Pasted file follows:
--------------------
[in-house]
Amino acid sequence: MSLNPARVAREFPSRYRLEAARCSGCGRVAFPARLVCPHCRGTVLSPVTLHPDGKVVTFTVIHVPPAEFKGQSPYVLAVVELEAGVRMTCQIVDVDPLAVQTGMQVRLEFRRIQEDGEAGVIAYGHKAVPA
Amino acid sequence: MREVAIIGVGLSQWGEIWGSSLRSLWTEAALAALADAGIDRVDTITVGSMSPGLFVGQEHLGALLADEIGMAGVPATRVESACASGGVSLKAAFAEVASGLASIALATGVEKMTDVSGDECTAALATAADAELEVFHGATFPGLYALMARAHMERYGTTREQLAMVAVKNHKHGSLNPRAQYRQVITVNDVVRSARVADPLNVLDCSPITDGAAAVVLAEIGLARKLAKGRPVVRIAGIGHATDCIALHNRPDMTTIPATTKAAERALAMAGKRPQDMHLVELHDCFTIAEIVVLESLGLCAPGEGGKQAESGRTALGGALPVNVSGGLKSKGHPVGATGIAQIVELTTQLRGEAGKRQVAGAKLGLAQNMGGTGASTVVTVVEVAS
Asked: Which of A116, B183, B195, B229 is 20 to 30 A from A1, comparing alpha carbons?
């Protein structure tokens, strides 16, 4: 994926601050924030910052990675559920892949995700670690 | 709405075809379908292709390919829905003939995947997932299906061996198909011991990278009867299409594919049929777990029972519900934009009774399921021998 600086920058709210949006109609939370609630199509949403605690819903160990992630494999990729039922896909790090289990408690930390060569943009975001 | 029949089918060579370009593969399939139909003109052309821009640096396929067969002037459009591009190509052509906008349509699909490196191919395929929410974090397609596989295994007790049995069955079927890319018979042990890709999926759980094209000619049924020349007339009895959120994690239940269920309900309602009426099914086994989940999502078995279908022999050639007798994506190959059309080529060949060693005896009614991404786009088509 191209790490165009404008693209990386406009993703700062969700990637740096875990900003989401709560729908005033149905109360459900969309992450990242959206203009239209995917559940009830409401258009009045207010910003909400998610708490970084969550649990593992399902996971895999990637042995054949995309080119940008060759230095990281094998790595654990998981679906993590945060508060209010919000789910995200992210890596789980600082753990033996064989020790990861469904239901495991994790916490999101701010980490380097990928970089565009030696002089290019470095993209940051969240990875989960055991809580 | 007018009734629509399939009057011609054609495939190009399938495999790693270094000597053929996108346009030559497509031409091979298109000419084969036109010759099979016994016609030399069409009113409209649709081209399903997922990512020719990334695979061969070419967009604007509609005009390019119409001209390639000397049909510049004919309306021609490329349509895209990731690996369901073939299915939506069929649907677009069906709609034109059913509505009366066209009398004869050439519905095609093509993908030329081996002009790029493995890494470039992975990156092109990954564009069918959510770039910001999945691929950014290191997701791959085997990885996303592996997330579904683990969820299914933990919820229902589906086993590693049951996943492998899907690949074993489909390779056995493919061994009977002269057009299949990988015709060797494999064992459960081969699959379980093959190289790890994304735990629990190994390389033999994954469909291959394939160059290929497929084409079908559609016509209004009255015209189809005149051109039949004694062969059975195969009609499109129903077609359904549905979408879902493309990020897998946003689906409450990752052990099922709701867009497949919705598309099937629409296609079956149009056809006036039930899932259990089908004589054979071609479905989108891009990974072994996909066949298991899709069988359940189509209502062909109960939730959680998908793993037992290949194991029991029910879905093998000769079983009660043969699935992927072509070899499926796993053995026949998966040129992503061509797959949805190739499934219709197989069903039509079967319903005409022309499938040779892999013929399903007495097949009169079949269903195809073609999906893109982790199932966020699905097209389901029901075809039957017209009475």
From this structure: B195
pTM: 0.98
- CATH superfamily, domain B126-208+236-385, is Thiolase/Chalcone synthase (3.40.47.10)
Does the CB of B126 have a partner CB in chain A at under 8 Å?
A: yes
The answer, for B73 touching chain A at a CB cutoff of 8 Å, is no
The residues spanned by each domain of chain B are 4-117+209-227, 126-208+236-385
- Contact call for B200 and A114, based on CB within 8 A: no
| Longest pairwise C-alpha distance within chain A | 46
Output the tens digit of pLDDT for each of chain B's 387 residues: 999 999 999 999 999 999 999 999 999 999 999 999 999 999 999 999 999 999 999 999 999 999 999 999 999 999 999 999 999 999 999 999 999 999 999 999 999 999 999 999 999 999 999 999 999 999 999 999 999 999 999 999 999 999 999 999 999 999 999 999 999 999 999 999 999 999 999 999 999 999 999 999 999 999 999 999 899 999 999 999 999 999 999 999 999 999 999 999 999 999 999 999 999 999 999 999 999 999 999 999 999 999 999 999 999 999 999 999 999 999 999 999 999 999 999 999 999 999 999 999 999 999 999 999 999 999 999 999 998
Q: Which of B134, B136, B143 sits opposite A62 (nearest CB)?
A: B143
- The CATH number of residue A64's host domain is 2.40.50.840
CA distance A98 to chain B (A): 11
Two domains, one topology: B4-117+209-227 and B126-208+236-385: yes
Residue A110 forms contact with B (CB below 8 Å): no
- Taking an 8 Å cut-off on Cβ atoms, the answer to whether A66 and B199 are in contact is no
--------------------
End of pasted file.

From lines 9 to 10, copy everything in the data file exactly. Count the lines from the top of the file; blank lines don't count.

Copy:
Does the CB of B126 have a partner CB in chain A at under 8 Å?
A: yes